Air-dried oak for casework?
Air-dried lumber needs to live in the environment it will inhabit prior to fabrication. 1998.
by Professor Gene Wengert
Is my air-dried red oak safe to use for casework (book cases, pantry cabinets,etc.) or am I courting disaster? Logic seems to indicate that wood, regardless of the drying method used, will eventually reach a state of equilibrium with regard to the environment in which it is placed. Several texts and magazine articles have not given me a satisfactory answer to this question. I would appreciate any light you can shed on this matter.
Your air-dried lumber in the barn will be at 11 to 12% MC (equivalent to slightly under 65% relative humidity in the barn). In the house, you will likely have a humidity of 30 to 40% RH, which will result in 6 to 7% MC in the wood. Oak is a high shrinking wood (3% MC change equals 1% shrinkage). The basement may actually be dry enough to reduce the MC to the 6 to 7% MC level--is it heated and dry? If the basement isn't dry enough, how about putting a few pieces in the attic for a month? (Not too many pieces or you'll crash the roof down!) It is hot and dry in the attic.
Special note: Kiln drying at temperatures over 130F does two things, in addition to rapid drying--it kills all insects, eggs, and fungi in the wood and it sets the resin in softwoods so the resin doesn't drip or flow at room temperature much, if at all.
Professor Gene Wengert is Extension Specialist in Wood Processing at the Department of Forestry, University of Wisconsin-Madison.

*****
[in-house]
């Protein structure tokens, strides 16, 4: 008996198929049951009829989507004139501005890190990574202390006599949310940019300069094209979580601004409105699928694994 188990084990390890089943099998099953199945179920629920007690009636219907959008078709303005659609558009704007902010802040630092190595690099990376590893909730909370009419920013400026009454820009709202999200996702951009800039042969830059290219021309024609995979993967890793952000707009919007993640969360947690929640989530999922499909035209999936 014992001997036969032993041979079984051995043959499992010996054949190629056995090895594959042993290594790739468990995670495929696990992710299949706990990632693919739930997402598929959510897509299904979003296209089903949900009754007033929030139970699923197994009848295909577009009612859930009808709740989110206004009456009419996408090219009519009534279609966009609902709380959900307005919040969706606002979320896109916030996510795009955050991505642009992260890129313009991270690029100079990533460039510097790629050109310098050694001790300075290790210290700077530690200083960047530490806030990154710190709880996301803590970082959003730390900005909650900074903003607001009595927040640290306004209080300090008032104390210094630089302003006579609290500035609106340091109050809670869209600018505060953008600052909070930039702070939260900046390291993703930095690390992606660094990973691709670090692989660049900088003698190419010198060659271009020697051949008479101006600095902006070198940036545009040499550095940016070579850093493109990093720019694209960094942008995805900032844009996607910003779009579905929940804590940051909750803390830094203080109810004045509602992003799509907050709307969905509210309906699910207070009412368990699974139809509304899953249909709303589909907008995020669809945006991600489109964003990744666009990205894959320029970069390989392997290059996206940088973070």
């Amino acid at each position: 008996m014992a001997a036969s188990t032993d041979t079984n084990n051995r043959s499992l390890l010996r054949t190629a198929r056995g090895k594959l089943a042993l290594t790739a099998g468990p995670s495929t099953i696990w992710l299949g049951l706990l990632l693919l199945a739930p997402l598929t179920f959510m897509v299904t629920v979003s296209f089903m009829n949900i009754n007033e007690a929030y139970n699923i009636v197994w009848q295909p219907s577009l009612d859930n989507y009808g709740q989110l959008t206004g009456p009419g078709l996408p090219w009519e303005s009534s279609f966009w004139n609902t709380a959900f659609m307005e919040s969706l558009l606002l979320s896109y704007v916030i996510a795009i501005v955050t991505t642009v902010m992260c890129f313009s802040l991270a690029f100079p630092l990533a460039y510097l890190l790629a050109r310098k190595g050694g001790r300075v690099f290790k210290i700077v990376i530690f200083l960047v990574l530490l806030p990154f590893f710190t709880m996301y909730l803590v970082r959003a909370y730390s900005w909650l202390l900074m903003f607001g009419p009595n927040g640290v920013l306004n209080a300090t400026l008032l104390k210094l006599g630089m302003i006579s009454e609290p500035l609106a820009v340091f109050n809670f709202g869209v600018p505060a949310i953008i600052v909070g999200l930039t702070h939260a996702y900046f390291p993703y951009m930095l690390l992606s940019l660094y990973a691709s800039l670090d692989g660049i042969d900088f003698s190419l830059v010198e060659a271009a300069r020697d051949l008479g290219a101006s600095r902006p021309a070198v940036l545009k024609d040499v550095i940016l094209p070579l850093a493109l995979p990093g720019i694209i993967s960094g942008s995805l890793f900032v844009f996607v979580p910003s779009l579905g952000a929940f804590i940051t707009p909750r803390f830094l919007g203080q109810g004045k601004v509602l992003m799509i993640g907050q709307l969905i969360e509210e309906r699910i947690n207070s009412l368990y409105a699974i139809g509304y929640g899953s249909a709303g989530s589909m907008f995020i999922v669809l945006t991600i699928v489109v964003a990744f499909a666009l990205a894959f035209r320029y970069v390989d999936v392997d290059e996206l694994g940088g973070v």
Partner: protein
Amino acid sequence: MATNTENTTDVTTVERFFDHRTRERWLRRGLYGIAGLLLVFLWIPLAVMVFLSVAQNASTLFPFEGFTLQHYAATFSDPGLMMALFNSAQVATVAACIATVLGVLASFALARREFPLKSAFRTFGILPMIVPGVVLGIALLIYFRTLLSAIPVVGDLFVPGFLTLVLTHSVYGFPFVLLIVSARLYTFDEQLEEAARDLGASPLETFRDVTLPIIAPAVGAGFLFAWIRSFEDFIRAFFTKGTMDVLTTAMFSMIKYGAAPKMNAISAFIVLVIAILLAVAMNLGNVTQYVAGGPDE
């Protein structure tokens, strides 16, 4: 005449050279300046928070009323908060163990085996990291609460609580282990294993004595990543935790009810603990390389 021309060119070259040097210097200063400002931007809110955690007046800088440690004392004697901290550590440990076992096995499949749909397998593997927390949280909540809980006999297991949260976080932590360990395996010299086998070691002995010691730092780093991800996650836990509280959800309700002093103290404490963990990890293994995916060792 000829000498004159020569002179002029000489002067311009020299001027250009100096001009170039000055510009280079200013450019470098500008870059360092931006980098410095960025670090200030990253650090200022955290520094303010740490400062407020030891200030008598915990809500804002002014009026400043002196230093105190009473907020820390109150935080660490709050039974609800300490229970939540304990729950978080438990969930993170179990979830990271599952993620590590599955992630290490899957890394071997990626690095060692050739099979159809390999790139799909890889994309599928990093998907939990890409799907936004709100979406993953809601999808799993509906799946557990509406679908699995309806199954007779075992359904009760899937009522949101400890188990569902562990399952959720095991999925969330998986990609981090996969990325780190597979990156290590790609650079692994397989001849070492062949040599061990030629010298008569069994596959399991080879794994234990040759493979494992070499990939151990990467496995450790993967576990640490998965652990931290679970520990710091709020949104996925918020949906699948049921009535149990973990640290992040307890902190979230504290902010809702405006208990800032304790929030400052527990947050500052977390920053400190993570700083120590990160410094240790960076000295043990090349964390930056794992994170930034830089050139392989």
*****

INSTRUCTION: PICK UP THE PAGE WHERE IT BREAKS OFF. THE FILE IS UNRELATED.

Click on Wood Doctor Archives to peruse past answers.
If you would like to obtain a copy of "The Wood Doctor's Rx", visit the Wood Education and Resource Center Web site for more information.
Would you like to add information to this article?
Interested in writing or submitting an article?
Have a question about this article?
Have you reviewed the related Knowledge Base areas below?
KnowledgeBase: Lumber & Plywood: Storage
KnowledgeBase: Primary Processing: Air Drying Lumber
KnowledgeBase: Wood Engineering: Wood Properties
KnowledgeBase: Knowledge Base
All rights reserved. No part of this publication may be reproduced in
any manner without permission of the Editor.
Review WOODWEB's Copyright Policy.
The editors, writers, and staff at WOODWEB try to promote safe practices.
What is safe for one woodworker under certain conditions may not be safe
for others in different circumstances. Readers should undertake the use
of materials and methods discussed at WOODWEB after considerate evaluation,
and at their own risk.
335 Bedell Road
Montrose, PA 18801
Copyright © 1996-2013 - WOODWEB ® Inc.